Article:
Food Always Gets Stuck in Your Teeth — Some people are more susceptible to getting food stuck in their teeth than others. It could be due to the shape of your teeth, or that they’re not perfectly aligned. Food can also get stuck around dental work like bridges and dental implants. A Water Flosser is the perfect tool to clean problem areas for people more prone to getting food stuck in their teeth, whether from genetics, bridges or implants. To continue to get your best clean, be sure to follow a thorough oral care routine consisting of:
What is traditional floss?
Traditional floss is a cord of thin filaments used in interdental cleaning to remove food and dental plaque from between teeth or places a toothbrush has difficulty reaching or is unable to reach. Its regular use as part of oral cleaning is designed to maintain oral health.
Traditional floss is usually made from one of two polymers, nylon or teflon, in which:
Nilon is the fiber of a long-chain synthetic polyamide. It is also a compound characterized by more than one amide group – related to ammonia. Teflon is the trade name for the polymer compound polytetrafluoroethylene (PTFE). In addition, some other auxiliary materials may include coatings (such as wax), flavorings, other ingredients… depending on the manufacturer.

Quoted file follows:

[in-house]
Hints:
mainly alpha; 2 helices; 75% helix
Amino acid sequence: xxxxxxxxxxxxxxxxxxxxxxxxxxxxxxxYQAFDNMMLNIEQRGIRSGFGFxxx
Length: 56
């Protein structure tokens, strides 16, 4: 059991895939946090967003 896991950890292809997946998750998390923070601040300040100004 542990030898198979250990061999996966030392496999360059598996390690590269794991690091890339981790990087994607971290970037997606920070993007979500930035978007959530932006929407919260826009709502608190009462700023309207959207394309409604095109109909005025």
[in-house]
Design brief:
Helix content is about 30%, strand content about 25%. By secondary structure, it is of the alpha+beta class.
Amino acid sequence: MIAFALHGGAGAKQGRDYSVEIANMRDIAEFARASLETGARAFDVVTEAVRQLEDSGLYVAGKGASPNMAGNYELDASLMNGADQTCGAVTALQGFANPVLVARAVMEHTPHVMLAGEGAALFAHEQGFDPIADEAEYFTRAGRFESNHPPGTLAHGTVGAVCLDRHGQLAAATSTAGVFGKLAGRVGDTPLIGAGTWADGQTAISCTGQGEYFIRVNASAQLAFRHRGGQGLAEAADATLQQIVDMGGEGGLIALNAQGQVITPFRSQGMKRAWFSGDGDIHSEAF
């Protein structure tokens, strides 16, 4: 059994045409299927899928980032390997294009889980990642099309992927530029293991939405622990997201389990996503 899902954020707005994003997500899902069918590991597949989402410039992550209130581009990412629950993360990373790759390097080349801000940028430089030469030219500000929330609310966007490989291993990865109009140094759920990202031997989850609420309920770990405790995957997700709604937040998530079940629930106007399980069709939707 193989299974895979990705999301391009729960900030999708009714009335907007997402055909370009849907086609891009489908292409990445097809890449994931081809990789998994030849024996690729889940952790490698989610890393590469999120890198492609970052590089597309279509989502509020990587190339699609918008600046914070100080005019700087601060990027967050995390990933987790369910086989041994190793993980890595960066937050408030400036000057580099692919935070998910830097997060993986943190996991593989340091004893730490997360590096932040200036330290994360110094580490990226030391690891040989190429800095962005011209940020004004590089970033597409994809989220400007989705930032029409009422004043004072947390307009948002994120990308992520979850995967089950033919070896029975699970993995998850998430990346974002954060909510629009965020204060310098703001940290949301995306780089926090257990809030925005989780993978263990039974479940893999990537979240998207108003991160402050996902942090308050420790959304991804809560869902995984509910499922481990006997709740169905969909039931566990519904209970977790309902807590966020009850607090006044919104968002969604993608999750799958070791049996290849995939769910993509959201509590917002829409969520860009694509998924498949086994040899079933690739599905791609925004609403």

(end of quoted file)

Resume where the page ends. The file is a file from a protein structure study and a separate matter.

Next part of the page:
Why should I use traditional floss?
From the age of 12, you should use interdental brushes in addition to brushing as part of your daily oral health routine.
Because some people do not have enough space between their teeth to use an interdental brush, flossing can be a good alternative.
Water flosser vs traditional floss
Traditional floss is the “gold standard” that dentists and dental hygienists recommend. When done correctly and on a regular basis, it has been shown to be effective in preventing gingivitis and gum disease. Floss containers are also small and portable, allowing you to carry floss with you wherever you go in your purse, backpack, or desk drawer.
Water flossers are an excellent alternative to traditional flossing for people who have difficulty flossing manually. Water flossers can help you keep your teeth clean if you have had dental work that makes flossing difficult, such as braces or bridges. There is also less waste in your trash can after flossing because you are not discarding string sections.
However, a water flosser typically includes a water tank and needs electricity to work. A water flosser isn’t as convenient and portable as traditional floss.
The ADA recommends flossing with devices designed for cleaning teeth, such as string floss and water flossers, for disease prevention and oral health. Water flossers are an excellent alternative to manual flossing for removing food debris and plaque. The most important thing is that flossing is part of your daily oral care routine and that you’re not flossing with inappropriate items like your fingernails or pieces of paper. Floss at least once a day after brushing to ensure that debris and plaque are removed from hard-to-reach areas of your teeth.